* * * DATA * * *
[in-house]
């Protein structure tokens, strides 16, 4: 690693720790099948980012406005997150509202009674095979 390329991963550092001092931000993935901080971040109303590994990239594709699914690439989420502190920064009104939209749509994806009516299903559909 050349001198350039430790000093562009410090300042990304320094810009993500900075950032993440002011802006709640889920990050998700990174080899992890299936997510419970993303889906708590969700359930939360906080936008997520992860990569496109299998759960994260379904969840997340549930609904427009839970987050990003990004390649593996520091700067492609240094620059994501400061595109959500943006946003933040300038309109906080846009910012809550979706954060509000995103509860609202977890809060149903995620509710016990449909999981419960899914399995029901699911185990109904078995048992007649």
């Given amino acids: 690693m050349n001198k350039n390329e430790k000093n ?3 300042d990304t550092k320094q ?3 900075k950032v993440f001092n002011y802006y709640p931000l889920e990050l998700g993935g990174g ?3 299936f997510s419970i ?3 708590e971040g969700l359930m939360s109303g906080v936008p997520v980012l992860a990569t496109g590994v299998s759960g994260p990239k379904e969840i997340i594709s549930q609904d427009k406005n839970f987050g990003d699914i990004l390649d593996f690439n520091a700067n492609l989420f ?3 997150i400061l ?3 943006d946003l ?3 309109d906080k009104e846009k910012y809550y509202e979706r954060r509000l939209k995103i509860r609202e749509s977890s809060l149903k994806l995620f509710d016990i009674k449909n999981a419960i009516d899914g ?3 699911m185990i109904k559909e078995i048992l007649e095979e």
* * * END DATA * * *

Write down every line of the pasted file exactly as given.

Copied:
[in-house]
């Protein structure tokens, strides 16, 4: 690693720790099948980012406005997150509202009674095979 390329991963550092001092931000993935901080971040109303590994990239594709699914690439989420502190920064009104939209749509994806009516299903559909 050349001198350039430790000093562009410090300042990304320094810009993500900075950032993440002011802006709640889920990050998700990174080899992890299936997510419970993303889906708590969700359930939360906080936008997520992860990569496109299998759960994260379904969840997340549930609904427009839970987050990003990004390649593996520091700067492609240094620059994501400061595109959500943006946003933040300038309109906080846009910012809550979706954060509000995103509860609202977890809060149903995620509710016990449909999981419960899914399995029901699911185990109904078995048992007649």
């Given amino acids: 690693m050349n001198k350039n390329e430790k000093n ?3 300042d990304t550092k320094q ?3 900075k950032v993440f001092n002011y802006y709640p931000l889920e990050l998700g993935g990174g ?3 299936f997510s419970i ?3 708590e971040g969700l359930m939360s109303g906080v936008p997520v980012l992860a990569t496109g590994v299998s759960g994260p990239k379904e969840i997340i594709s549930q609904d427009k406005n839970f987050g990003d699914i990004l390649d593996f690439n520091a700067n492609l989420f ?3 997150i400061l ?3 943006d946003l ?3 309109d906080k009104e846009k910012y809550y509202e979706r954060r509000l939209k995103i509860r609202e749509s977890s809060l149903k994806l995620f509710d016990i009674k449909n999981a419960i009516d899914g ?3 699911m185990i109904k559909e078995i048992l007649e095979e």